In response, Martin went before federal magistrate Thomas M. Coffin to argue that the PGA was violating the 1990 Americans With Disability Act, which bars discrimination against the handicapped in all "public accommodations," and requires employers to make "reasonable accommodations" for employees with disabilities. First arguing that he should count as an "employee" of the PGA, and then that golf courses are public areas, Martins lawyers persuaded Coffin to issue an injunction requiring the PGA to let Martin use a cart in the Hooters. In an effort to maintain a level playing field, which anti-discrimination laws always overturn, the PGA gave every entrant the cart option, but Martin alone took it up.

The issue came to trial early this year when Martin sought to participate in the Nike Tour, a level of competition just below that of the PGA Tour itself. The defense deposed Jack Nicklaus and Arnold Palmer as expert witnesses--you can hardly get more expert than that--testifying that walking reduces the effectiveness of ones golf game and therefore is a legitimate subject for rule-making.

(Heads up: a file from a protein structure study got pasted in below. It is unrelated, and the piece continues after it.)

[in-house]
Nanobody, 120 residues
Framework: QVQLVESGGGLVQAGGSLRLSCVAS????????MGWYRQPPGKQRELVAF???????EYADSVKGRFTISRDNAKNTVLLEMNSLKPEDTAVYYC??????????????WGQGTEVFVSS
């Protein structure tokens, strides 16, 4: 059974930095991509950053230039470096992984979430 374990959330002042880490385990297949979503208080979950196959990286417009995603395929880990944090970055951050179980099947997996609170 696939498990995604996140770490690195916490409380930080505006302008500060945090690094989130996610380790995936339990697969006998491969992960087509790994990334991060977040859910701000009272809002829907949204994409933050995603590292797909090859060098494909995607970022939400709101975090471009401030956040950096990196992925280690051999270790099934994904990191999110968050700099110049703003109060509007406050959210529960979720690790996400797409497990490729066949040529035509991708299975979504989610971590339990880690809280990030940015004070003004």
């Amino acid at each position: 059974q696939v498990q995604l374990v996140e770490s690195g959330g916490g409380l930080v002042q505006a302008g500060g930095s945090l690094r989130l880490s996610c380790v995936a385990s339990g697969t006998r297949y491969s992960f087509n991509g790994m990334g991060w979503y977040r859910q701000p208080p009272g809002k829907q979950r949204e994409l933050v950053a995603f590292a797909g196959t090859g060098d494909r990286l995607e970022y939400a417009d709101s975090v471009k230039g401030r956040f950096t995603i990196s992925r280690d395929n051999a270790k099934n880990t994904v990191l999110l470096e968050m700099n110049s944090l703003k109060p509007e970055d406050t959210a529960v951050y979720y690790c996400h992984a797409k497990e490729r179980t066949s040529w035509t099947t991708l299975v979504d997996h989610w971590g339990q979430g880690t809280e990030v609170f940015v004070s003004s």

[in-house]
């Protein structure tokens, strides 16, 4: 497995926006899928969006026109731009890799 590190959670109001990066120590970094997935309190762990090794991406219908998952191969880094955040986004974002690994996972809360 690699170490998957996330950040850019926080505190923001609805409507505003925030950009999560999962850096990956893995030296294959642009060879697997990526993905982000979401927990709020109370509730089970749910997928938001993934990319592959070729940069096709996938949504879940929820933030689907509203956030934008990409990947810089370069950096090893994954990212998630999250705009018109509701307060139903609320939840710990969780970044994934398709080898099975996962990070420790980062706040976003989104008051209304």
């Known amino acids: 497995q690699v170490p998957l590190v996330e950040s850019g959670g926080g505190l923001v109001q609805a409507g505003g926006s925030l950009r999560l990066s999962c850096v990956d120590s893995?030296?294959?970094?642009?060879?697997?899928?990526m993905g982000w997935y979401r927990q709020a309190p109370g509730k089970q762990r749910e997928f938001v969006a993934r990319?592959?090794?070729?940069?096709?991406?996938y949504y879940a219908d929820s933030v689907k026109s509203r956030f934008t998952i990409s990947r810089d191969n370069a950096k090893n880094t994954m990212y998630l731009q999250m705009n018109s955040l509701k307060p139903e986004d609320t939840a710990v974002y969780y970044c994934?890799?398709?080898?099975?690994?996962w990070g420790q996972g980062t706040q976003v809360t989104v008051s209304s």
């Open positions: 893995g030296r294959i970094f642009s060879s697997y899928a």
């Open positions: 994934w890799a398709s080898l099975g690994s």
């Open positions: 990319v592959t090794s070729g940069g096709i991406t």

But Martins lawyers had some new weapons of their own. They pressed the argument that the PGA allows carts for the older pros in its Senior Tour, so sometimes accommodates physical conditions akin to Martins. But their most effective ploy was the nakedly emotional appeal of a videotape about Martins leg, accompanied, when shown in court, by the weeping of Martins mother seated at the lawyers table. Martin himself testified that some days his leg was so bad he couldnt shower. Predictably, he won. The judge, deciding that the field of play is as "public" as the spectators gallery, ordered the PGA to permit Martin the use of a cart in the Texas Open.